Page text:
The March issue of The Clothes Line is now available for download!


In this month’s issue:

  • We learn about Goodwill Omaha’s new safety initiatives…
  • We get to know Robert Popejoy, our January Employee of the Month…
  • We hear a great story about coworkers looking out for the environment and each other…
  • Erin Burke tells us about a new partnership between UNO’s Service Learning Academy and a group of North High students…
  • Brent Koster teases spring by informing us about Goodwill’s grounds maintenance services…
  • Another exciting word search…
  • Birthdays, anniversaries and new hires…
  • …and more!

Visit our Publications page to download your copy today!

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Trashed: a documentary on sustainable trash disposal

The driving concept behind Goodwill’s Donate movement is that the donation of used clothing and household items keeps them out of landfills, thus protecting our environment. But we as a society have a long way to go! “Trashed” is a 20-minute documentary that dives into the muck that we all discard, following our junk from disposal to its eternal resting place, and examining what this process says about our society in between. You can watch it free online here:

If you don’t have 20 minutes to spare, Sustainablog has outlined the five major problems created by our “throwaway” culture that are presented in the film:

  • There is a limited amount of landfill space. In 2007, the largest landfill in the United States held 100 million tons of trash. The maximum occupancy of the landfill is 150 million tons, and this number will be reached in the very near future (possibly in 2013).
  • We throw away out of convenience. Because societal conventions have us constantly wanting to move on to the next fad or technology, we are throwing away televisions, cell phones, computers, and other plastics in exchange for shinier new ones. Unsurprisingly, these new technologies will also become our future garbage.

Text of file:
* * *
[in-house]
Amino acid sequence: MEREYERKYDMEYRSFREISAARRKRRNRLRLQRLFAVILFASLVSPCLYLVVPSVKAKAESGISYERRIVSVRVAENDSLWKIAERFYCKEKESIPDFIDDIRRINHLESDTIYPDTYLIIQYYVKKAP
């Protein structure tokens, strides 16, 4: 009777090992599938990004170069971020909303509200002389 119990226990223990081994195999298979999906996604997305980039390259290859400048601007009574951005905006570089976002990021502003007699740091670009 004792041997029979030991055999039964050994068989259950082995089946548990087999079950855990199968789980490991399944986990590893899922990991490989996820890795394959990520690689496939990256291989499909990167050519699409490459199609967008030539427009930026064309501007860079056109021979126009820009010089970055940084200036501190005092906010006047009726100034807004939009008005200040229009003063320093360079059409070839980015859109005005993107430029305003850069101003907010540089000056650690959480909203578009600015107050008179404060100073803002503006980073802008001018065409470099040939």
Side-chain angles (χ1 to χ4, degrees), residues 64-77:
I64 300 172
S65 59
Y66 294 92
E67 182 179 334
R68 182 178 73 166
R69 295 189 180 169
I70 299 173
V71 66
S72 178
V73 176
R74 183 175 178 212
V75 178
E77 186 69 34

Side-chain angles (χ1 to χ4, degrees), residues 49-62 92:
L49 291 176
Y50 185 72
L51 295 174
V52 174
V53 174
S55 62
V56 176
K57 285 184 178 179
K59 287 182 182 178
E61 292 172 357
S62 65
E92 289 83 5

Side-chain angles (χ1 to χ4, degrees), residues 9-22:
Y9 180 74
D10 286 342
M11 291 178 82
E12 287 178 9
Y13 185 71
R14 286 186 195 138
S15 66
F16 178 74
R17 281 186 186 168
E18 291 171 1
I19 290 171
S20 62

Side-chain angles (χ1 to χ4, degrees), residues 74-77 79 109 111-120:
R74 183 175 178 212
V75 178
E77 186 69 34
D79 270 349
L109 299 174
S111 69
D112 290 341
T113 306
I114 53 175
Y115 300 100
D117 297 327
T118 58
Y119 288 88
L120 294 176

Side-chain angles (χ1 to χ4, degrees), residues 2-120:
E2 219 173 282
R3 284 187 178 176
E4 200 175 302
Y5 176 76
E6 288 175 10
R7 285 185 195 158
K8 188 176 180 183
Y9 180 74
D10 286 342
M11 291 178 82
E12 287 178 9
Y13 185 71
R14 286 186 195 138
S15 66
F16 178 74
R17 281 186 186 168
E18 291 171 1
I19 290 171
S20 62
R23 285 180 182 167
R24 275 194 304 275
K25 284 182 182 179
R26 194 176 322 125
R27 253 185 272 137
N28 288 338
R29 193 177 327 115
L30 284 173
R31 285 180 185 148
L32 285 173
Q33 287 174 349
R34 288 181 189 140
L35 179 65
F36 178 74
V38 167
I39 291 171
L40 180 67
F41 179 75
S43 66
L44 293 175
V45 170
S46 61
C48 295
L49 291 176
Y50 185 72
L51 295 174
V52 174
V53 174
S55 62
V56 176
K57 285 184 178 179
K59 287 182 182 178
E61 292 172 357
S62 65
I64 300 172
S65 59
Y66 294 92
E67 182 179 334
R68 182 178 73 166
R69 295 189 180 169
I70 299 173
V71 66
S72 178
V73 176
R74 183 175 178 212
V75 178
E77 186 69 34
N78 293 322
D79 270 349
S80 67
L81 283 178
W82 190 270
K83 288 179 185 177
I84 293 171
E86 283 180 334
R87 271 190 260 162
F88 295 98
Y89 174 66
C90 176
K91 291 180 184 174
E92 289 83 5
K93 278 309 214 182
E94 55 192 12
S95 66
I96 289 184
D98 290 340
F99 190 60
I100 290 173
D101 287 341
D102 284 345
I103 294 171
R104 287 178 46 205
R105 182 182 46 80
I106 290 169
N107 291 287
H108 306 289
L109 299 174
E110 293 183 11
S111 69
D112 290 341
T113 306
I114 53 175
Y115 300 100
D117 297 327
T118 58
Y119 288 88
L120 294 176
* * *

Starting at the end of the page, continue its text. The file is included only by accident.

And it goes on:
• Not all trash in the ocean will wash ashore. While some of the debris that comes into the ocean from rivers and storm drains eventually washes ashore, a great deal of trash will break up to become micro-particles. What’s more, certain parts of the ocean concentrate this debris. For instance, the Eastern Garbage Patch off the Pacific Coast is twice the size of Texas. Trash particles are funneled into this area causing major environmental concerns.
  • Plastic in the ocean does more than just pollute. It also acts as a giant sponge for oil, making ocean clean up that much more difficult and ocean life that much more at risk. As just one example, birds that go to the ocean for food mistake floating plastic debris for fish and feed it to their young. When these birds die and decay, one can see their remains. These consist of bones, feathers, and the plastic lighters and bottle caps that killed the birds.
  • Products retain little economic value regarding how they are disposed of. Caring about trash is not just environmentally conscious; it’s also economic. Currently, products are valued for the tasks they perform; yet, what also needs to be of importance is how the product is disposed of. This concept will assuredly create economic incentives for “greener” and more recyclable materials.

To learn more about the environmental friendliness of donating, Goodwill Omaha, and GII’s Donate movement, visit our going green section.

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Customer Service career fair on February 29, 2012

Top Omaha-area companies will be at Goodwill’s 72nd & Ames Headquarters on Wednesday, February 29, 2012 to share information on open positions in the customer service field. Stop by 4805 N 72nd St. from 1pm to 4pm to meet with representatives from these companies. Be prepared for potential on-the-spot interviews — bring your resume and dress professionally!

The job fair is free and open to the public. Please do not dress casually or bring children to the event.

We hope to see you there! If you have any questions or would like more information, please contact Customer Connect Manager Ginny Powell at 402.231.1939 or [email protected].

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Happy Valentine’s Day from Goodwill Omaha!

Fact: there is nothing more fun on Valentine’s Day than handing out Valentine’s Day cards to your friends and lovers. NOTHING.

And since we at Goodwill Omaha are all about respecting the unbreakable absolutes of fun, we present you with our very own Goodwill employment and retail-themed Valentines! Not only can you admire them here on our blog, but we have a printable version of all six Valentines (2 MB .pdf) available for download! Print them out, pair them with a piece of candy, and spend hours stressing about which card to give to which person and what subtle messages that selection might send!

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Dept of Labor: Why green jobs are good for women